Residents of Community Board 4, both young and old, packed the Fashion Industries High School auditorium on West 24th Street in Chelsea on October 6 for a Community Board 4 meeting on affordable housing. Councilman Corey Johnson greeted residents with a friendly kiss on the cheek, even as one woman walked out when a board member was late, saying, “I knew this would be a waste of time.”
Midtown West, once considered a light industrial area, is now a prime destination for developers who want to profit off of the current boom in Manhattan’s residential real estate. Mayor Bill de Blasio’s Affordable Housing: Ten-Year Plan for the creation of 200,000 affordable units citywide – with 11,000 in Midtown West – is expected to provide the city with an incentive to build residential property and provide homes for New Yorkers with a range of incomes.
The plan would increase affordable housing units from the current 2,078, a steady level since 2005, to 11,000 – and would replace the optional 80/20 plan that exists in many communities in Midtown West.
Affordable housing was instituted in the 1980’s by former-Mayor Edward Koch to restore vacant buildings and properties devastated by arson and neglect. The CB4 plan, which was introduced in August and took 6-8 months to finalize, is an attempt to expand the concept. The board hopes that once the plan is approved by the mayor, it will serve as a precedent for other communities to follow.
Joe Restuccia, director of the Clinton Housing Development Company, member of CB4 since 1983 and a panelist at the town-hall meeting, approved of the board’s plan to use unconventional methods to increase space for affordable housing. “If one city agency owns a space, let’s figure out who owns that space. Let’s look at untraditional things and move those ahead,” he said, igniting a roar of response from the crowd, including an elderly man who yelled, “But how?”
“High end real estate creates affordable housing,” Restuccia continued, as the same voice called out, “But for whom?”
The new plan will eliminate the 80/20 program, which was both optional and carried no long-term guarantees, and include a system for incorporating mandatory inclusionary housing. Sarah Desmond, a panelist, member of Community Board 4 and a legal consultant at the Housing Conservation Coordinators, said, “The 428 tax abatement [tax incentive] is only affordable for a certain length of time. When it starts to expire, Midtown West will lose rent-stabilized units. That means 1,700 affordable units are going to expire within 35-years,” without an alternate plan in place.
Residents complain that under the current system, landlords work aggressively to move them out and make their buildings more appealing to wealthier renters. Sharon Laughlin, wearing a grey hoodie and jeans, is a fixture in Hell’s Kitchen; the 67-year old has lived in the area all her life and now resides at the Hudsonview Terrace Apartments at 747 10th Avenue. “The main thing about affordable housing,” she said, “is that it’s not so affordable anymore.”
Laughlin imagines that she’d have been long gone if it weren’t for the protection afforded by her government-subsidized Section 8 voucher. “They can’t kick me out,” she said. “That’s completely illegal. The building owners like the money from the government. Had I been unsubsidized, I’d be gone.” The City Department of Housing Preservation (HPD) has a contract with the landlord and pays a large percent of her rent. When asked how much she pays, she said, “I don’t tell. Just consider it to be a 10 cent tip at a local bar.”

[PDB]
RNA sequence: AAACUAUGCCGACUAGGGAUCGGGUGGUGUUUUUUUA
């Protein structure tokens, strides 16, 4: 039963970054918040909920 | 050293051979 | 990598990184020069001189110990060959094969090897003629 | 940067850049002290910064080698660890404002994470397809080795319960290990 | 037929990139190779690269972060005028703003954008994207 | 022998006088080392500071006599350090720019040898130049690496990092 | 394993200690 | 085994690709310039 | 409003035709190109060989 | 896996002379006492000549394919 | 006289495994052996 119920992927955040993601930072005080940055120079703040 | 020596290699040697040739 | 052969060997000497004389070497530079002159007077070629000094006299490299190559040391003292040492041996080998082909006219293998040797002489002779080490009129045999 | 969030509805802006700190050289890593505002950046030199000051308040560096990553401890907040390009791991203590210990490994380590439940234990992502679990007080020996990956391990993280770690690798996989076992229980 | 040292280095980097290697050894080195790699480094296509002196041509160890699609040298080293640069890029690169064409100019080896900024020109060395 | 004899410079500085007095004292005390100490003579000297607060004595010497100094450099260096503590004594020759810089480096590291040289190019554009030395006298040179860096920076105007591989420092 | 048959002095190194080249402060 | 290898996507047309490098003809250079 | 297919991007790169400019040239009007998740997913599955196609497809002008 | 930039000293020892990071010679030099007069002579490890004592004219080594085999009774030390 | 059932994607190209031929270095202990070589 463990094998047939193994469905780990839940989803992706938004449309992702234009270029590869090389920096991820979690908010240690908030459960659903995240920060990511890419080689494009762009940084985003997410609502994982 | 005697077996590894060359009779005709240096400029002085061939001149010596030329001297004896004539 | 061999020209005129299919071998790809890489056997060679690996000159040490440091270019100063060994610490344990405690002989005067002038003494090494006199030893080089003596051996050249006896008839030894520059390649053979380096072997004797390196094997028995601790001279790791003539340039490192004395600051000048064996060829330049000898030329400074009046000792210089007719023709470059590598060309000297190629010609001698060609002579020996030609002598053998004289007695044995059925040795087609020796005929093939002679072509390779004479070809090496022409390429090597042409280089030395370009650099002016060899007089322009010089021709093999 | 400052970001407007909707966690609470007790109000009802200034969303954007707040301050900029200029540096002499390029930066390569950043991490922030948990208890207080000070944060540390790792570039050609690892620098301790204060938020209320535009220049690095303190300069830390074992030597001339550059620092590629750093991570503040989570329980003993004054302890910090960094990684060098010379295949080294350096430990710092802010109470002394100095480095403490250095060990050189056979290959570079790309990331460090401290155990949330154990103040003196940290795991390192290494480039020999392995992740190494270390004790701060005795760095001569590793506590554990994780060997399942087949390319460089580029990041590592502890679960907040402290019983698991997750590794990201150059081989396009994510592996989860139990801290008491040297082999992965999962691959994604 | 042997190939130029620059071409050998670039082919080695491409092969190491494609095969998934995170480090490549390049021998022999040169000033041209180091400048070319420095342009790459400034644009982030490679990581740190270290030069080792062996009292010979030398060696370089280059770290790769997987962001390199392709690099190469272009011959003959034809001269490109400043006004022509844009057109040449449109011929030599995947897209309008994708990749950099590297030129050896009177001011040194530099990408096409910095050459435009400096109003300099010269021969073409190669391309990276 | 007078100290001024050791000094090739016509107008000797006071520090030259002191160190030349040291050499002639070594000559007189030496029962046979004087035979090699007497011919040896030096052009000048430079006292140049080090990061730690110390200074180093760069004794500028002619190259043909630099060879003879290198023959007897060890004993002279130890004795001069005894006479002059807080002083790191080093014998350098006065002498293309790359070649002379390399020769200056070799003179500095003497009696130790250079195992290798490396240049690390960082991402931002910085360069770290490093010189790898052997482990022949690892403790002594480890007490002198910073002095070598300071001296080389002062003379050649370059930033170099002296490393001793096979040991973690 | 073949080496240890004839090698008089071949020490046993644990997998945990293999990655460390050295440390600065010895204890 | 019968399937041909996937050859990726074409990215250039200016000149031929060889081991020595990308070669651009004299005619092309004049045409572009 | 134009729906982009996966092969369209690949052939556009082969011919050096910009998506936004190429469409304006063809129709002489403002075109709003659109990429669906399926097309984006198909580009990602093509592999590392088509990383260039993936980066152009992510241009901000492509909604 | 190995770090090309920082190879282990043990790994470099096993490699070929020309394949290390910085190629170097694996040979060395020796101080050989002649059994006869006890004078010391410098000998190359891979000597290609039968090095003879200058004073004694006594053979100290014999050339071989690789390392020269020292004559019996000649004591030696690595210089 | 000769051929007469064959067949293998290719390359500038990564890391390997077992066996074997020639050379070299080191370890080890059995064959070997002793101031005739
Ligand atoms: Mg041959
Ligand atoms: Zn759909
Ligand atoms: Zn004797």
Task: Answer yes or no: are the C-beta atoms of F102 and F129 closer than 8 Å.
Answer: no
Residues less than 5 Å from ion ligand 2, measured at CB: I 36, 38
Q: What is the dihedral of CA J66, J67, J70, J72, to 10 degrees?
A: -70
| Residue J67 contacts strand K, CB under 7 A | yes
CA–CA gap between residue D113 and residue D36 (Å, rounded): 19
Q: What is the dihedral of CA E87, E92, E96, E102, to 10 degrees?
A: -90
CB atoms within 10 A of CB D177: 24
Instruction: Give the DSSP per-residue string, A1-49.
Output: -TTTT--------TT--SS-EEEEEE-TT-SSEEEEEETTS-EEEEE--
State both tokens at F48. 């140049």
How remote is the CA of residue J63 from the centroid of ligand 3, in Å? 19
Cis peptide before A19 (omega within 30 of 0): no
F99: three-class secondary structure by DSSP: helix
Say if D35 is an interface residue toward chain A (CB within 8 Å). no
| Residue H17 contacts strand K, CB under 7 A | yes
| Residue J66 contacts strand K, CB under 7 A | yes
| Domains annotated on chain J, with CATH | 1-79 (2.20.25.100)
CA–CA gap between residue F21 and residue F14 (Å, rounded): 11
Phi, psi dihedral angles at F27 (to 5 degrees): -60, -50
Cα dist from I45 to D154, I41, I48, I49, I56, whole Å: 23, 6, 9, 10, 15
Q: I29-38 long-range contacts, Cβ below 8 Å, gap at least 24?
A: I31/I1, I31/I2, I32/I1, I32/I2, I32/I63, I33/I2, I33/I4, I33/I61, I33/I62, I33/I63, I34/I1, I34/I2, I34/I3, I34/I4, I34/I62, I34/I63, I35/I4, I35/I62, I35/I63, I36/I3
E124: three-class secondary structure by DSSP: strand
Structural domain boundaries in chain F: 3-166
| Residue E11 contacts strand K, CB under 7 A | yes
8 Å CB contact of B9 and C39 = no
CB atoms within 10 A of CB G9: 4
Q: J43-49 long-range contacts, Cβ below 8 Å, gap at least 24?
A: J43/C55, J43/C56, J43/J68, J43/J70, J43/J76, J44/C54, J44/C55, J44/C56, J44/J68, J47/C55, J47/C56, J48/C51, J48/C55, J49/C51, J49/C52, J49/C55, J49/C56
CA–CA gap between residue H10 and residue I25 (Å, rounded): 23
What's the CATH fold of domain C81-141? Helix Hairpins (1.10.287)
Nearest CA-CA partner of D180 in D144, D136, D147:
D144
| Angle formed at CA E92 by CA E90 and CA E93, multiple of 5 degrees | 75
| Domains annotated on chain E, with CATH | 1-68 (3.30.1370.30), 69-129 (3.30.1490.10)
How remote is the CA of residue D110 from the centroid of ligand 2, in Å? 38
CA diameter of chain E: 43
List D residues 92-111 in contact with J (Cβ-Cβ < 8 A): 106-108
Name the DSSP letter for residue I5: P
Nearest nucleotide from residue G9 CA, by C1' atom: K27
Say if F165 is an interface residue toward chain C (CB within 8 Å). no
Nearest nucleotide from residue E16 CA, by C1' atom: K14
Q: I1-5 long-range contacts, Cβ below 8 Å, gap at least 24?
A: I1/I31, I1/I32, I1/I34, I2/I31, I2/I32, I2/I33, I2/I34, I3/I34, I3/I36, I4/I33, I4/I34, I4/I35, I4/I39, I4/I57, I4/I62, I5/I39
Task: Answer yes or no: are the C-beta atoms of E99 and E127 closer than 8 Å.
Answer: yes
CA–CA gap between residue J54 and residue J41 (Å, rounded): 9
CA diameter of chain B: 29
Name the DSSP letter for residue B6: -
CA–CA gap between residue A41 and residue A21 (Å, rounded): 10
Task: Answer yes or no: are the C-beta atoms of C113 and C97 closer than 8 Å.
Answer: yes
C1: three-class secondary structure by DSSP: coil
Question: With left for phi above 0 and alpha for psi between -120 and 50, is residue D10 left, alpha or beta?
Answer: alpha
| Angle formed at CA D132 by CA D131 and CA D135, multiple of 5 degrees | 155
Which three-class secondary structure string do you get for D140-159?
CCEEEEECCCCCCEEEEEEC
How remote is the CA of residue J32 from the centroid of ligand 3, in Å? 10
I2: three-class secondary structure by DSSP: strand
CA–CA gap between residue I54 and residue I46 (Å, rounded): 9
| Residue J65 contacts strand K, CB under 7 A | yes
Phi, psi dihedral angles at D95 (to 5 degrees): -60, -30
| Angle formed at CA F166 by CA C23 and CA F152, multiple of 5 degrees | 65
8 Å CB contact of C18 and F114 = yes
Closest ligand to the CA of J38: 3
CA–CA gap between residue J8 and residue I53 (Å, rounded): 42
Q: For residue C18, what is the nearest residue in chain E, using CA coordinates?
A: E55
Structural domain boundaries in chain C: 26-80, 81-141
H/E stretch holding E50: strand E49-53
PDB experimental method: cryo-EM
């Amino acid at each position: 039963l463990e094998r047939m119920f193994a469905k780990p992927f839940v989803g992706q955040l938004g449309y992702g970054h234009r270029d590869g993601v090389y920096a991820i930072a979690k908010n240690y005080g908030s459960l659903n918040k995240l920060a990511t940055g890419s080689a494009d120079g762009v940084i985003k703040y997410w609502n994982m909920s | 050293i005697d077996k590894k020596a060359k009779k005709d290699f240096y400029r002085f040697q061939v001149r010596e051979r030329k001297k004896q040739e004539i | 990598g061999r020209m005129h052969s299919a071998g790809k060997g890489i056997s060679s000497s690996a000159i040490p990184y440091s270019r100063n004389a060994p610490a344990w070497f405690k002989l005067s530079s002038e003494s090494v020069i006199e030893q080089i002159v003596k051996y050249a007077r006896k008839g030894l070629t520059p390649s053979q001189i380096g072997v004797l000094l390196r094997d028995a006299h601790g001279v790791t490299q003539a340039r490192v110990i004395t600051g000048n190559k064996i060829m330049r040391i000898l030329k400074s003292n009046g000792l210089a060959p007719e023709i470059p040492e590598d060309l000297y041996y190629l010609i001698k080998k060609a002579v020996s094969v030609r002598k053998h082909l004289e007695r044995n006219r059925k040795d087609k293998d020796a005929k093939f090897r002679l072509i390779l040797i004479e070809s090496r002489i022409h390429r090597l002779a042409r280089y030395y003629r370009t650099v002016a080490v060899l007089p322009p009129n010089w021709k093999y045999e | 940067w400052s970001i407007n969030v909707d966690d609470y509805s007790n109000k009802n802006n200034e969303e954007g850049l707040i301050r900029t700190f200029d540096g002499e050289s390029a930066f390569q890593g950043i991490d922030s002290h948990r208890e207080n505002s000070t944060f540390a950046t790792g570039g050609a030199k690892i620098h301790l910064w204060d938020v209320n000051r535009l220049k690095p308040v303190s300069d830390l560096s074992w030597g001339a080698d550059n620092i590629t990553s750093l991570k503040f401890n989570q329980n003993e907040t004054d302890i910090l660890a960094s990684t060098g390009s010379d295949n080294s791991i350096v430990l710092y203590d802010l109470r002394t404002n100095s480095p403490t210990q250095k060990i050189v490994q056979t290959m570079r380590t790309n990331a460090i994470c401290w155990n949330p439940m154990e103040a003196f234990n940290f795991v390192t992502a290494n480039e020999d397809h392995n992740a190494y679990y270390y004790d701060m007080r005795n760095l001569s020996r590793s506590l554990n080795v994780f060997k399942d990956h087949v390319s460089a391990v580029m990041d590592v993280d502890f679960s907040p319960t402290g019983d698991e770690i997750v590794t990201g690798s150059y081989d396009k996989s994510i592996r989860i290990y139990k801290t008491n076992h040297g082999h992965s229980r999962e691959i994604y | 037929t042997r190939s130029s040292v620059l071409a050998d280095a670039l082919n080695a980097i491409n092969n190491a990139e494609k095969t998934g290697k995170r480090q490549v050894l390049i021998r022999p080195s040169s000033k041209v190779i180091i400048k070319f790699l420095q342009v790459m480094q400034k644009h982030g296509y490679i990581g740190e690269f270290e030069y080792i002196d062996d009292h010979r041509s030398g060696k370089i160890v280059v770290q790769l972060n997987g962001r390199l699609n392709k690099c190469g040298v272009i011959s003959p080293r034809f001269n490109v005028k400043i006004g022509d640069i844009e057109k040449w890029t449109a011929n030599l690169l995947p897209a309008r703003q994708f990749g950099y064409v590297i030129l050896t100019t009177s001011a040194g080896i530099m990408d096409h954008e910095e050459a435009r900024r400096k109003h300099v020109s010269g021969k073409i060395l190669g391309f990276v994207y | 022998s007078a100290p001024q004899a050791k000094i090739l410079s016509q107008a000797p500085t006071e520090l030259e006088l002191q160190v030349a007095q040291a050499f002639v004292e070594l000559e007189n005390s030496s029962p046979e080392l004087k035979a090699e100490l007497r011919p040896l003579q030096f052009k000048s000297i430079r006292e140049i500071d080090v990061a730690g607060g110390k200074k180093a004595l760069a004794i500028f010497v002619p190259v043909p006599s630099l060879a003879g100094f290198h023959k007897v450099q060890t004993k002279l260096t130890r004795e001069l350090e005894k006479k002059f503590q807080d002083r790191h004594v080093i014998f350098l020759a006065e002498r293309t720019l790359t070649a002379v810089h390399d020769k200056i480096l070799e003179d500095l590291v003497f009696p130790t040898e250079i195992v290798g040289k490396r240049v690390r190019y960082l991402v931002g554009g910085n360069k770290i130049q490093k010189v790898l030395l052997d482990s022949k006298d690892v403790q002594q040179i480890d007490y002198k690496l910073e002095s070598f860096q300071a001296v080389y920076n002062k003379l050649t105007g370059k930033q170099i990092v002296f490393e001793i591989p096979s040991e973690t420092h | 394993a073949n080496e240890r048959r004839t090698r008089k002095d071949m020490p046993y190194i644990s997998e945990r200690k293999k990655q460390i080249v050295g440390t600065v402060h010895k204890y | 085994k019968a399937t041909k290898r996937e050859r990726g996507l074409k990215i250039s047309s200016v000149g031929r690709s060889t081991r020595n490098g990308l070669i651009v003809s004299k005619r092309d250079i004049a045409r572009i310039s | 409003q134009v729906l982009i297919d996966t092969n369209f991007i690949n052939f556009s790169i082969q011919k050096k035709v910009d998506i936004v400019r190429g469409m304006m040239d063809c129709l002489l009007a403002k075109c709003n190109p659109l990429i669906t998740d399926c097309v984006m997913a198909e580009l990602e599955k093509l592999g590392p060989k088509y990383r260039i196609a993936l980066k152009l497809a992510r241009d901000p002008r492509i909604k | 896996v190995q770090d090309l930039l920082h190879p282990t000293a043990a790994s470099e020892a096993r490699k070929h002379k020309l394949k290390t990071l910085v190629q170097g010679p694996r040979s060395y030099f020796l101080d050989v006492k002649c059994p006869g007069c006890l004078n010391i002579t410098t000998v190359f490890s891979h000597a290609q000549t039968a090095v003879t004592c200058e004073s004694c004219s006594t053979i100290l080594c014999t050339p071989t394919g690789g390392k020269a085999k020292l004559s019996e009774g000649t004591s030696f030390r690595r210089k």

Many residents wanted to find out how to stop landlords from harassing them and forcing them to vacate their homes, in an attempt to refurbish the units to charge higher rents. As both a community board member and neighborhood resident, Desmond said, “It used to be the thugs that would bang on the doors in the 1980’s,” but now it’s the landlords. But the new plan does not address ways to improve the landlord/renter relationship.
Restuccia also voiced his frustration with compliance under the 80/20 plan. He mentioned one building being built on 24th and 11th that will have a car elevator to take residents from their vehicles directly to their apartments, and another on 28th that will have a swimming pool on each floor; neither building has affordable housing units. “The developers say that this won’t work financially,” he said, about creating affordable housing options. “You’re building 800 new apartments with views of 360 degrees. The flooring in the market rate unit will be wood, but in the affordable unit it will be parquet. When you put the same thing in every apartment it is cheaper to build. Inclusion means that everybody gets included and it’s not that the affordable tenants get the lesser deal.”
Councilman Johnson also expressed concern about rent increases for senior citizens and wanted to reassure the crowd that the HPD is considering ways to rectify the problem. Commissioner Vicki Been assured the audience that finding adequate methods to support the senior population is an on-going process. “A great deal of funding to build supportive centers and senior housing has expired,” she said, to disapproving response from the crowd. “We are not going to let the fact that Washington is falling down on their job keep us from doing our job,”